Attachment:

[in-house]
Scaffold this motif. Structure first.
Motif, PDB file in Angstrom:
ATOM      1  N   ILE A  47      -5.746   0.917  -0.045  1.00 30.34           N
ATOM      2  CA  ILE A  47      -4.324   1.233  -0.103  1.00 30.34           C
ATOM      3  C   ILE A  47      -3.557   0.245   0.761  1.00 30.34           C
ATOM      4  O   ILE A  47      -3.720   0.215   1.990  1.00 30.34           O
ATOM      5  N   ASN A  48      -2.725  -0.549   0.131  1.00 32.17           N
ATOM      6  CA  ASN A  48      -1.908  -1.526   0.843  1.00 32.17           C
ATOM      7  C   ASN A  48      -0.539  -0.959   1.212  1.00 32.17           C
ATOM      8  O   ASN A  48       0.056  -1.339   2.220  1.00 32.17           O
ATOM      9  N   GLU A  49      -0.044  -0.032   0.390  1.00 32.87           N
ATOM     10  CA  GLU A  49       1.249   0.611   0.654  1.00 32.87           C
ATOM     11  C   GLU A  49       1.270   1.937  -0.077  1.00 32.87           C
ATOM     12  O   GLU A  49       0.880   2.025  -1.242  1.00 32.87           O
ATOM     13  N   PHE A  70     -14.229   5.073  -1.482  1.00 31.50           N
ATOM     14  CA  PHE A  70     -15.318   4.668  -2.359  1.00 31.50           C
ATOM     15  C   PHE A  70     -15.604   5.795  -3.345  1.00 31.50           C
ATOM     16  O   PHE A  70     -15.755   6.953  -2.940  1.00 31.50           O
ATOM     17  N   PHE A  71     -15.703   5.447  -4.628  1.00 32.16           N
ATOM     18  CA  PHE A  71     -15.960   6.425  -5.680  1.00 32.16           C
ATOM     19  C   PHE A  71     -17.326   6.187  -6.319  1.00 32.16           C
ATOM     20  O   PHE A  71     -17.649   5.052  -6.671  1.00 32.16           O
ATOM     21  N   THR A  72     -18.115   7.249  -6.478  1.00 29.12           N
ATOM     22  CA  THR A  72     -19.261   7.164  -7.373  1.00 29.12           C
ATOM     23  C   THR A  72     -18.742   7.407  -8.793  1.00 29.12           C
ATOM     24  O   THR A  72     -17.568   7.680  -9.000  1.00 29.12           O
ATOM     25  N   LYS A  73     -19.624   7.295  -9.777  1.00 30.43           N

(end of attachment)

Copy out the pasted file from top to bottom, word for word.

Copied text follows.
[in-house]
Scaffold this motif. Structure first.
Motif, PDB file in Angstrom:
ATOM      1  N   ILE A  47      -5.746   0.917  -0.045  1.00 30.34           N
ATOM      2  CA  ILE A  47      -4.324   1.233  -0.103  1.00 30.34           C
ATOM      3  C   ILE A  47      -3.557   0.245   0.761  1.00 30.34           C
ATOM      4  O   ILE A  47      -3.720   0.215   1.990  1.00 30.34           O
ATOM      5  N   ASN A  48      -2.725  -0.549   0.131  1.00 32.17           N
ATOM      6  CA  ASN A  48      -1.908  -1.526   0.843  1.00 32.17           C
ATOM      7  C   ASN A  48      -0.539  -0.959   1.212  1.00 32.17           C
ATOM      8  O   ASN A  48       0.056  -1.339   2.220  1.00 32.17           O
ATOM      9  N   GLU A  49      -0.044  -0.032   0.390  1.00 32.87           N
ATOM     10  CA  GLU A  49       1.249   0.611   0.654  1.00 32.87           C
ATOM     11  C   GLU A  49       1.270   1.937  -0.077  1.00 32.87           C
ATOM     12  O   GLU A  49       0.880   2.025  -1.242  1.00 32.87           O
ATOM     13  N   PHE A  70     -14.229   5.073  -1.482  1.00 31.50           N
ATOM     14  CA  PHE A  70     -15.318   4.668  -2.359  1.00 31.50           C
ATOM     15  C   PHE A  70     -15.604   5.795  -3.345  1.00 31.50           C
ATOM     16  O   PHE A  70     -15.755   6.953  -2.940  1.00 31.50           O
ATOM     17  N   PHE A  71     -15.703   5.447  -4.628  1.00 32.16           N
ATOM     18  CA  PHE A  71     -15.960   6.425  -5.680  1.00 32.16           C
ATOM     19  C   PHE A  71     -17.326   6.187  -6.319  1.00 32.16           C
ATOM     20  O   PHE A  71     -17.649   5.052  -6.671  1.00 32.16           O
ATOM     21  N   THR A  72     -18.115   7.249  -6.478  1.00 29.12           N
ATOM     22  CA  THR A  72     -19.261   7.164  -7.373  1.00 29.12           C
ATOM     23  C   THR A  72     -18.742   7.407  -8.793  1.00 29.12           C
ATOM     24  O   THR A  72     -17.568   7.680  -9.000  1.00 29.12           O
ATOM     25  N   LYS A  73     -19.624   7.295  -9.777  1.00 30.43           N